Texas Security Bank
Fastest growing banks and thrifts with $1 billion to $10 billion in assets:
Deposits June 2011
State Bank Financial Corp.’s State Bank & Trust Co.
Talmer Bancorp.’s Talmer Bank & Trust
Bank Iowa Corp.’s Bank Iowa
Fastest growing banks and thrifts with $10 billion to $50 billion in assets:
When I attend conferences or speak with investors, everybody wants to know about the financial consequences of doing an FDIC-assisted deal. My bank has done eight of those deals. To be fair, the financial advantages of buying failed banks are the driving force behind the large amounts of institutional capital that has gone almost exclusively to acquiring institutions. Tracking and reporting on progress relative to expectations will continue and it should.
What is becoming increasingly clear, even to a number cruncher like myself, are the intangible benefits that have been realized during this strategy. With many bankers starting to wonder if the opportunity to participate is over, or at least drawing to an end, maybe it’s appropriate to give some airtime to some these intangibles.
Opportunity to be on offense with the FDIC
We all understand the healthy, but defensive, give and take between bankers and regulators. In today’s environment, with so many banks on the FDIC’s problem bank list, the defensive tone is more pronounced. These deals have allowed us to work offensively with the FDIC, to partner with them in the resolution of our industry’s problems. I am not using the term “partner” lightly here because it is exactly that kind of relationship that they want to foster with acquiring institutions.
This spirit of partnership does not mean that we escape serious oversight from the resolution and supervision departments of the FDIC. As with most successful relationships, though, the congeniality is maintained with consistent communication and a thorough understanding of each party’s goals. More face time with our primary regulator has been very good.
Opportunity to build or rebuild a workforce
Chances are your bank has made some hard decisions over the past few years that would not have been considered during the boom years immediately preceding the current economic period. Most banks, even the super-regionals, have rationalized virtually every expense line and every strategy to ensure that the timing was right and appropriate given the circumstances.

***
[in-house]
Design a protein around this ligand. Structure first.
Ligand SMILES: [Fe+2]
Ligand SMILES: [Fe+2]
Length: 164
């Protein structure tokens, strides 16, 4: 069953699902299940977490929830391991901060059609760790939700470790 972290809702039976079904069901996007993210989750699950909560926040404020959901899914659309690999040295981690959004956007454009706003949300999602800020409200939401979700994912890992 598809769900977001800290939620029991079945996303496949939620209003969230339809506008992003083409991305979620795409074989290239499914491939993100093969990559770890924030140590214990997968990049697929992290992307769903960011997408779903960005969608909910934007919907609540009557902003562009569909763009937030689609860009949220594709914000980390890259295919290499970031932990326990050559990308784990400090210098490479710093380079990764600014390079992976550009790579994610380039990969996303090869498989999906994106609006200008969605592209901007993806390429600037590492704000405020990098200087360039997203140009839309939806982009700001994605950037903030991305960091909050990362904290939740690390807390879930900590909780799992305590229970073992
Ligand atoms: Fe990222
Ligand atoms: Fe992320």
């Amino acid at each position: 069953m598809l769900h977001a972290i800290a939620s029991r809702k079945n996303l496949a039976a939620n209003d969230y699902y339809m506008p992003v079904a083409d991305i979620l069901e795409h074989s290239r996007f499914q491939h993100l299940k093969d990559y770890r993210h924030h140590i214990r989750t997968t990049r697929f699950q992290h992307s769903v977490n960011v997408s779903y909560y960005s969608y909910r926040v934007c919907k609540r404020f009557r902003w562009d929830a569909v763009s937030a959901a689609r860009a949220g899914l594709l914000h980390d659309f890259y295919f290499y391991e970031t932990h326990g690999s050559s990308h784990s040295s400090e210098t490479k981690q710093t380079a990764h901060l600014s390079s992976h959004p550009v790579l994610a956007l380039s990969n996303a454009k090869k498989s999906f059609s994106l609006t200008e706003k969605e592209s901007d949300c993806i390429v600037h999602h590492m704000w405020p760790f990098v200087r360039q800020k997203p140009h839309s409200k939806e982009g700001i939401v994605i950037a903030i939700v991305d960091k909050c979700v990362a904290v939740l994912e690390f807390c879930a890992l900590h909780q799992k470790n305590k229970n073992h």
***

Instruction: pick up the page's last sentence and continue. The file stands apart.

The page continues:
The hardest decisions bankers have had to make relate to staff reductions. People matter in banking because this is still an industry where customer relationships count.
Not to repeat myself, but this “offensive” strategy has improved the morale of our bank, relieving some of the sting of the staffing decisions. Because of the increase in loan and deposit customers, we have been able to rehire some past employees and transition other idled employees to help manage those assets. We have been able to build out new divisions and even hire new staff in both line and corporate functions. And there is something real about the energy that new employees bring to a company, along with new ideas and best practices.
Opportunity to build M&A expertise
How many times have you heard in the last two or three years about the record levels of consolidation taxiing down the runway? It does seem likely to us, given the perception that banks need more operating leverage to counter all of the revenue headwinds (weak economic recovery, new regulations, etc.). The rapid improvement in operating efficiency that investors and boards want to move the needle on earnings is most easily accomplished through consolidations.